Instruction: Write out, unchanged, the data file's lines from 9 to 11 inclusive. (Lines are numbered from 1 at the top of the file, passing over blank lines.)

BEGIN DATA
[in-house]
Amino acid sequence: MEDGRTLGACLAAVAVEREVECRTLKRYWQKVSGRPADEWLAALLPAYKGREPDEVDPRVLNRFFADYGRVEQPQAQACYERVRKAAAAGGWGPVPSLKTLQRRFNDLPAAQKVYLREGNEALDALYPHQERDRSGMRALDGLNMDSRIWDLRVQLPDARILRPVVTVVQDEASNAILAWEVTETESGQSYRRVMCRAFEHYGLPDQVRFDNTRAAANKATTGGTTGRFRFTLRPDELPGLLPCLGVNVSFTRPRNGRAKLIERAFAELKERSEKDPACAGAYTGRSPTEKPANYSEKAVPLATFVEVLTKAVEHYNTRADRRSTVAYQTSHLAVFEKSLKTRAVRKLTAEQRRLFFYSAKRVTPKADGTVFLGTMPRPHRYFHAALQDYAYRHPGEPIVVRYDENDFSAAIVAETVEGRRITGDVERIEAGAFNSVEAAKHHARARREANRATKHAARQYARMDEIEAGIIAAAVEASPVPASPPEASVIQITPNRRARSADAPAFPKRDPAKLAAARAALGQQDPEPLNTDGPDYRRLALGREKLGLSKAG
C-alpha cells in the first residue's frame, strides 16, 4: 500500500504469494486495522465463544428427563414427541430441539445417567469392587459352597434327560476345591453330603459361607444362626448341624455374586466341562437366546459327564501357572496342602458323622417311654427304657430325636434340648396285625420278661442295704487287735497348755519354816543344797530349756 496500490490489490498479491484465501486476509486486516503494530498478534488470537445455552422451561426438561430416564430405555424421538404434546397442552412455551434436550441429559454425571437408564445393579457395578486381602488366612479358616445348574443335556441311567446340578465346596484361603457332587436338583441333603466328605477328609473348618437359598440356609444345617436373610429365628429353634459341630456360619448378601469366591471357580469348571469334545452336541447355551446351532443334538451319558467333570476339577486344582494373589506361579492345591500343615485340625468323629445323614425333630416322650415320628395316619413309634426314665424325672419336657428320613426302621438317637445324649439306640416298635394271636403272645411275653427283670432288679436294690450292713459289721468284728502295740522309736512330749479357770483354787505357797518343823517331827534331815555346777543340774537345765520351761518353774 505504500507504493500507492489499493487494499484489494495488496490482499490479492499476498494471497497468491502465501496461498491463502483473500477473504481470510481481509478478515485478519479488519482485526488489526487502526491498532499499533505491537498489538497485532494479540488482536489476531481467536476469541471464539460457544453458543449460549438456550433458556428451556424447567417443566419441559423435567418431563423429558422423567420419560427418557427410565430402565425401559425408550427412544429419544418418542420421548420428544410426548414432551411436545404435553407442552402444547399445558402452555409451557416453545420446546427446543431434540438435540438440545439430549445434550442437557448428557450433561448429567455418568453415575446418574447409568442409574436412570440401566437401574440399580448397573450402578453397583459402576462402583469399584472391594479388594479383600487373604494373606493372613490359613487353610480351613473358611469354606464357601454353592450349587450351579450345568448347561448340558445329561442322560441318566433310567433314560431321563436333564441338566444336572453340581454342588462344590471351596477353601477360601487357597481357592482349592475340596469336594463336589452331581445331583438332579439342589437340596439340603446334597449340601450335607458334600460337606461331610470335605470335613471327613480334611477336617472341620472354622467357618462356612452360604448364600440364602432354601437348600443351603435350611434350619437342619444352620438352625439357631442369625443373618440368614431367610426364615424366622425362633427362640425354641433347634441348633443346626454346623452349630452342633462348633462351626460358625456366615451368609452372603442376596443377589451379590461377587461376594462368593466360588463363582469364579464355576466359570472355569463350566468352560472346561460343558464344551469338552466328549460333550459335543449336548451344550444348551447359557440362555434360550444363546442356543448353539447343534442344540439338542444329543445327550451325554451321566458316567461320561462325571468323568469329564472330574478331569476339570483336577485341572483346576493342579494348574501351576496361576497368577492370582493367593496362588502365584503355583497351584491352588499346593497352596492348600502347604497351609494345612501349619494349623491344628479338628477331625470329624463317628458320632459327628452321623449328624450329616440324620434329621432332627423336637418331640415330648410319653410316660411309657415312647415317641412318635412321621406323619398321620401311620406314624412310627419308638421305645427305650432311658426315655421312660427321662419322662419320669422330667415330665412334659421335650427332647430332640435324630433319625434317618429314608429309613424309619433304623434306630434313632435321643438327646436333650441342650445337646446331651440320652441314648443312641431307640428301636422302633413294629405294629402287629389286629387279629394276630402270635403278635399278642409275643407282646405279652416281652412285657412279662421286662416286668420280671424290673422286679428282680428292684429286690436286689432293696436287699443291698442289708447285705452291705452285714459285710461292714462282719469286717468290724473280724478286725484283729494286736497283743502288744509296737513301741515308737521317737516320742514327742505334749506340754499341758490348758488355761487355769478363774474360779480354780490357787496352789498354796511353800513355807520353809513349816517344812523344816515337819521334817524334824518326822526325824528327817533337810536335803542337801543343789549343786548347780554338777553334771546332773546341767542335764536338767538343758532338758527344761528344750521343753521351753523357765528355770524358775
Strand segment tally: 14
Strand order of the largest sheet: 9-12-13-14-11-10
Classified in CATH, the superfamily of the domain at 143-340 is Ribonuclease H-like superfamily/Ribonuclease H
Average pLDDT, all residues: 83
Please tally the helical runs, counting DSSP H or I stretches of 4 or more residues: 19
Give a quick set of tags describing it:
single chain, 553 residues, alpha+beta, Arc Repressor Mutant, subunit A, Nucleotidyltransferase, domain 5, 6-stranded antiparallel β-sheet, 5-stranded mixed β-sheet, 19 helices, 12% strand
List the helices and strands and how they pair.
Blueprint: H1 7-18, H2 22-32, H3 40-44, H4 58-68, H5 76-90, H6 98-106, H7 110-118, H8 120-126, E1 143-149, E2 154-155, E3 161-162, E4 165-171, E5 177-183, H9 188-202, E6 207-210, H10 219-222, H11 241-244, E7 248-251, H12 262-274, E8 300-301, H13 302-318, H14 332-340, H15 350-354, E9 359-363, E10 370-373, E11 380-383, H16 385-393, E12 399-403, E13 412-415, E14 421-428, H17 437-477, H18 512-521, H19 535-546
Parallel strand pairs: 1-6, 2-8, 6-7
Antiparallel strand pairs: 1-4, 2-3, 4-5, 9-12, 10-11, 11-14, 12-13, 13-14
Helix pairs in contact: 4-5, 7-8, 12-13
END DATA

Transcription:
Give a quick set of tags describing it:
single chain, 553 residues, alpha+beta, Arc Repressor Mutant, subunit A, Nucleotidyltransferase, domain 5, 6-stranded antiparallel β-sheet, 5-stranded mixed β-sheet, 19 helices, 12% strand
List the helices and strands and how they pair.